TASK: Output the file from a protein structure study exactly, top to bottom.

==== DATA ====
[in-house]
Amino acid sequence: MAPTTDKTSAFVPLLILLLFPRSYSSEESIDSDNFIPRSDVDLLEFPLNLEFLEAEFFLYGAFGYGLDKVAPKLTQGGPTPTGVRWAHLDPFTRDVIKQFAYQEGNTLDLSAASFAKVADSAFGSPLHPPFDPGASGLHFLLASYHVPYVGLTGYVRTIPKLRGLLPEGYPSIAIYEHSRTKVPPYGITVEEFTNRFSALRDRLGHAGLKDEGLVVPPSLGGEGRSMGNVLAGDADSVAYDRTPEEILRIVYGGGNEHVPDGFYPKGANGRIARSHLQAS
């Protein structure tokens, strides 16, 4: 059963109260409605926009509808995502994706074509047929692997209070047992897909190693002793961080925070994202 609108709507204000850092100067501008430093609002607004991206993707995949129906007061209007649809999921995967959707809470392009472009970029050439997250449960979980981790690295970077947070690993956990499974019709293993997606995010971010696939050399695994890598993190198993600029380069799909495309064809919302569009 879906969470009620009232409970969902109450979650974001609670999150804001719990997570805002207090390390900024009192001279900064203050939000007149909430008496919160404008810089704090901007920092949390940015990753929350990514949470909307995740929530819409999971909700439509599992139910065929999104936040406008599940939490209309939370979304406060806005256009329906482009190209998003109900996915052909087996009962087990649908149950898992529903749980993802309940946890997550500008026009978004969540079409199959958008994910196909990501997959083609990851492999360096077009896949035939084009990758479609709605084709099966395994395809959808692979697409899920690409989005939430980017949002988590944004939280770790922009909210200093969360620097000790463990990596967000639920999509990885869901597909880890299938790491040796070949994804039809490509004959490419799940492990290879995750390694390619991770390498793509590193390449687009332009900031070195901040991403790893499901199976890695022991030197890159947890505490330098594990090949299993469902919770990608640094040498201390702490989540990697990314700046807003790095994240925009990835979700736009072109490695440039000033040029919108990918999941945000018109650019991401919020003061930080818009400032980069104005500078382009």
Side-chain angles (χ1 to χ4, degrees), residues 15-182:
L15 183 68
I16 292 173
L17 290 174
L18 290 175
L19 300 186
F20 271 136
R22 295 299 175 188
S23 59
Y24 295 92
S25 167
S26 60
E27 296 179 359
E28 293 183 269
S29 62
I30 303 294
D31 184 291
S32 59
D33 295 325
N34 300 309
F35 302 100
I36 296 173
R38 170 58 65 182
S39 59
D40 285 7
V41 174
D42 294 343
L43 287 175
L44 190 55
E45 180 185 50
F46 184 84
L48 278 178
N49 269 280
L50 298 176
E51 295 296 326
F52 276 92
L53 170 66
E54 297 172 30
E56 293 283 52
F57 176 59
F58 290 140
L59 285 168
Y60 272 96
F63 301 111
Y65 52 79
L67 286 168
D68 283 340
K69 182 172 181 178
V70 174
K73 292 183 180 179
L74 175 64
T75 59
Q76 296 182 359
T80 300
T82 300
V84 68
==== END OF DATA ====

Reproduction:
[in-house]
Amino acid sequence: MAPTTDKTSAFVPLLILLLFPRSYSSEESIDSDNFIPRSDVDLLEFPLNLEFLEAEFFLYGAFGYGLDKVAPKLTQGGPTPTGVRWAHLDPFTRDVIKQFAYQEGNTLDLSAASFAKVADSAFGSPLHPPFDPGASGLHFLLASYHVPYVGLTGYVRTIPKLRGLLPEGYPSIAIYEHSRTKVPPYGITVEEFTNRFSALRDRLGHAGLKDEGLVVPPSLGGEGRSMGNVLAGDADSVAYDRTPEEILRIVYGGGNEHVPDGFYPKGANGRIARSHLQAS
């Protein structure tokens, strides 16, 4: 059963109260409605926009509808995502994706074509047929692997209070047992897909190693002793961080925070994202 609108709507204000850092100067501008430093609002607004991206993707995949129906007061209007649809999921995967959707809470392009472009970029050439997250449960979980981790690295970077947070690993956990499974019709293993997606995010971010696939050399695994890598993190198993600029380069799909495309064809919302569009 879906969470009620009232409970969902109450979650974001609670999150804001719990997570805002207090390390900024009192001279900064203050939000007149909430008496919160404008810089704090901007920092949390940015990753929350990514949470909307995740929530819409999971909700439509599992139910065929999104936040406008599940939490209309939370979304406060806005256009329906482009190209998003109900996915052909087996009962087990649908149950898992529903749980993802309940946890997550500008026009978004969540079409199959958008994910196909990501997959083609990851492999360096077009896949035939084009990758479609709605084709099966395994395809959808692979697409899920690409989005939430980017949002988590944004939280770790922009909210200093969360620097000790463990990596967000639920999509990885869901597909880890299938790491040796070949994804039809490509004959490419799940492990290879995750390694390619991770390498793509590193390449687009332009900031070195901040991403790893499901199976890695022991030197890159947890505490330098594990090949299993469902919770990608640094040498201390702490989540990697990314700046807003790095994240925009990835979700736009072109490695440039000033040029919108990918999941945000018109650019991401919020003061930080818009400032980069104005500078382009």
Side-chain angles (χ1 to χ4, degrees), residues 15-182:
L15 183 68
I16 292 173
L17 290 174
L18 290 175
L19 300 186
F20 271 136
R22 295 299 175 188
S23 59
Y24 295 92
S25 167
S26 60
E27 296 179 359
E28 293 183 269
S29 62
I30 303 294
D31 184 291
S32 59
D33 295 325
N34 300 309
F35 302 100
I36 296 173
R38 170 58 65 182
S39 59
D40 285 7
V41 174
D42 294 343
L43 287 175
L44 190 55
E45 180 185 50
F46 184 84
L48 278 178
N49 269 280
L50 298 176
E51 295 296 326
F52 276 92
L53 170 66
E54 297 172 30
E56 293 283 52
F57 176 59
F58 290 140
L59 285 168
Y60 272 96
F63 301 111
Y65 52 79
L67 286 168
D68 283 340
K69 182 172 181 178
V70 174
K73 292 183 180 179
L74 175 64
T75 59
Q76 296 182 359
T80 300
T82 300
V84 68